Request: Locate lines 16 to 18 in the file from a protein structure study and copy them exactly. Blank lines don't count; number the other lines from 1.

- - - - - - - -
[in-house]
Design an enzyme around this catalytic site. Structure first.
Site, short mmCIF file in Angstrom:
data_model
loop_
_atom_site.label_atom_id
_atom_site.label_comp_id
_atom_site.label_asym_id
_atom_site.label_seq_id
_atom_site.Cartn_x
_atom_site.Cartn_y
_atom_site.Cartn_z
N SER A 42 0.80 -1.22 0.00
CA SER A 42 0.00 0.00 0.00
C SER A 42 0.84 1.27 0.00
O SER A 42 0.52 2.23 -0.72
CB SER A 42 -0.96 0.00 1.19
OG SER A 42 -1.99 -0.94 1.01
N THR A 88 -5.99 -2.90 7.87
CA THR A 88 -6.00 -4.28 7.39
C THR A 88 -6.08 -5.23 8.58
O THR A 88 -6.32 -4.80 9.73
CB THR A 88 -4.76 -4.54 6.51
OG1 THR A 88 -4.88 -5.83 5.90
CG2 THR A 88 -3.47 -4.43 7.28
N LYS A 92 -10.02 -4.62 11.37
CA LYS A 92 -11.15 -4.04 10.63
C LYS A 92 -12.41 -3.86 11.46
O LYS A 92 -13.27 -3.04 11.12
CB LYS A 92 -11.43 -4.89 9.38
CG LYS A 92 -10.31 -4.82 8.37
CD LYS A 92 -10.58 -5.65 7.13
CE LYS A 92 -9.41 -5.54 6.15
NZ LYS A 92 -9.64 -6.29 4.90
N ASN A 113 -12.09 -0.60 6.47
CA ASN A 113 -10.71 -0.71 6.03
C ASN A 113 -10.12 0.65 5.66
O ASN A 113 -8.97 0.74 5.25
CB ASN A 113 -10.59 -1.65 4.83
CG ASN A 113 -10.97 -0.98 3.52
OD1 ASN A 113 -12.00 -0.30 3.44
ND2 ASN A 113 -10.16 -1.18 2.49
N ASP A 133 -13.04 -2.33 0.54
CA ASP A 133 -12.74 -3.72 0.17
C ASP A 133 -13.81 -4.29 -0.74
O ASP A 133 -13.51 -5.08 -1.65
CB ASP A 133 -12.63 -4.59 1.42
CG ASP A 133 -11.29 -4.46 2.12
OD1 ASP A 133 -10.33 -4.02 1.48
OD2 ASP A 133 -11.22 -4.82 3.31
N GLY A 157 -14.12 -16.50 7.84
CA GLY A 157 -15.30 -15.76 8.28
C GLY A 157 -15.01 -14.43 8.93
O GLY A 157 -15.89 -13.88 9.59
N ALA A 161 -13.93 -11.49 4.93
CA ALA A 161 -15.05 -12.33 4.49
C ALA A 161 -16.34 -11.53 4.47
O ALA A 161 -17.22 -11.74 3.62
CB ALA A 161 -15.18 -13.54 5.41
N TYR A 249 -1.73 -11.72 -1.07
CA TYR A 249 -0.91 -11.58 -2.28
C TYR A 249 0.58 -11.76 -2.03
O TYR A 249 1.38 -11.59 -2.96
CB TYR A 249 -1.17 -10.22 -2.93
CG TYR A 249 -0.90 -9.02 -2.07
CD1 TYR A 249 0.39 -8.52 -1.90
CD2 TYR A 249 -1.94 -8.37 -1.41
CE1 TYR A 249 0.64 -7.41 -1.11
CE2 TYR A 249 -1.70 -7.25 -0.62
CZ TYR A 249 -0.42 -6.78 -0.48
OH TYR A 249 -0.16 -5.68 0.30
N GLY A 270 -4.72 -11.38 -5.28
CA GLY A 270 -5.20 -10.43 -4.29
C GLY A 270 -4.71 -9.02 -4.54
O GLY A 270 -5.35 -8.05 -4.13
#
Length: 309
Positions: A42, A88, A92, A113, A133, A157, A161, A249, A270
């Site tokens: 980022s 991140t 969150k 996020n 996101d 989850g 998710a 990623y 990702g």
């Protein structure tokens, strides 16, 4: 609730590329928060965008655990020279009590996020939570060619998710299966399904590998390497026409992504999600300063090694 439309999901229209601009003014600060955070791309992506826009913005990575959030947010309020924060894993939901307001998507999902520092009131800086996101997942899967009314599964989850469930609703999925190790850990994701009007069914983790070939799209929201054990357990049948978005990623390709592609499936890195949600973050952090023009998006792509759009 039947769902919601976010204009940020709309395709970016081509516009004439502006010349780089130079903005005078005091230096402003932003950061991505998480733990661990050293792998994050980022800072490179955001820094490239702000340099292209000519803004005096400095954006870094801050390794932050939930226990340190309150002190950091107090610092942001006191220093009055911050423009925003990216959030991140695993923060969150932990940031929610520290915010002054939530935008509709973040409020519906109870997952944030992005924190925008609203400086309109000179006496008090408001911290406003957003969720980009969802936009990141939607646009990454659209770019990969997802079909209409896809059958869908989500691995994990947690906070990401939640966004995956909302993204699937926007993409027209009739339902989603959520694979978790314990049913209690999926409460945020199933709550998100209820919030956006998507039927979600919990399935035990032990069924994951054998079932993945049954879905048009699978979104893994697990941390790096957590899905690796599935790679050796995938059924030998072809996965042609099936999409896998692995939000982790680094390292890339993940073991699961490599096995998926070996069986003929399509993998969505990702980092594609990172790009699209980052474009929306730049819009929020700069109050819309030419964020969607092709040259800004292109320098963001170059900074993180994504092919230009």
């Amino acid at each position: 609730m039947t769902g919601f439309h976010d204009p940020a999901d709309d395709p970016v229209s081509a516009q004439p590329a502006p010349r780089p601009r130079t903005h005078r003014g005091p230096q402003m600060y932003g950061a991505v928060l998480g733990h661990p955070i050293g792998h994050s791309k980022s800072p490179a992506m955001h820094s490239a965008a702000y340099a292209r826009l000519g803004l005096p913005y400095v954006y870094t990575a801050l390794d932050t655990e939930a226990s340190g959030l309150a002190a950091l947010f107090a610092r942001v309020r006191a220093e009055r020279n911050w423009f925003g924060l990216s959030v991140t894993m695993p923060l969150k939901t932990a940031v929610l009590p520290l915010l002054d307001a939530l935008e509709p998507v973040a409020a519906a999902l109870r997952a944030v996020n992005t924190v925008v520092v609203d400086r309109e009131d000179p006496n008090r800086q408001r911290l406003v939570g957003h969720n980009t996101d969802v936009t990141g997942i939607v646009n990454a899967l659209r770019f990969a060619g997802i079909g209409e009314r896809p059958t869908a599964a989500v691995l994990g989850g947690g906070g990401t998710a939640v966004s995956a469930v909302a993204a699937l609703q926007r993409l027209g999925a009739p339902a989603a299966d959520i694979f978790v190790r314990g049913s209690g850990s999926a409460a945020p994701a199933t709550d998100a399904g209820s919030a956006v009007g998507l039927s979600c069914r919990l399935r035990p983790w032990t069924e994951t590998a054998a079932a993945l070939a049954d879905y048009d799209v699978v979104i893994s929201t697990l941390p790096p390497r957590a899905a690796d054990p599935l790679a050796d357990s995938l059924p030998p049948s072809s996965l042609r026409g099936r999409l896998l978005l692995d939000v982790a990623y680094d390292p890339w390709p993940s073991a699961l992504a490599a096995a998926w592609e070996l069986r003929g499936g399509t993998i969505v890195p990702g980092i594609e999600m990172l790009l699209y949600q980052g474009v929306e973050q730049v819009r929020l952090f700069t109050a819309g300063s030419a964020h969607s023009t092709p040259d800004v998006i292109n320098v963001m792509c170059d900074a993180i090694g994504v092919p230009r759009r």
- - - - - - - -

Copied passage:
O SER A 42 0.52 2.23 -0.72
CB SER A 42 -0.96 0.00 1.19
OG SER A 42 -1.99 -0.94 1.01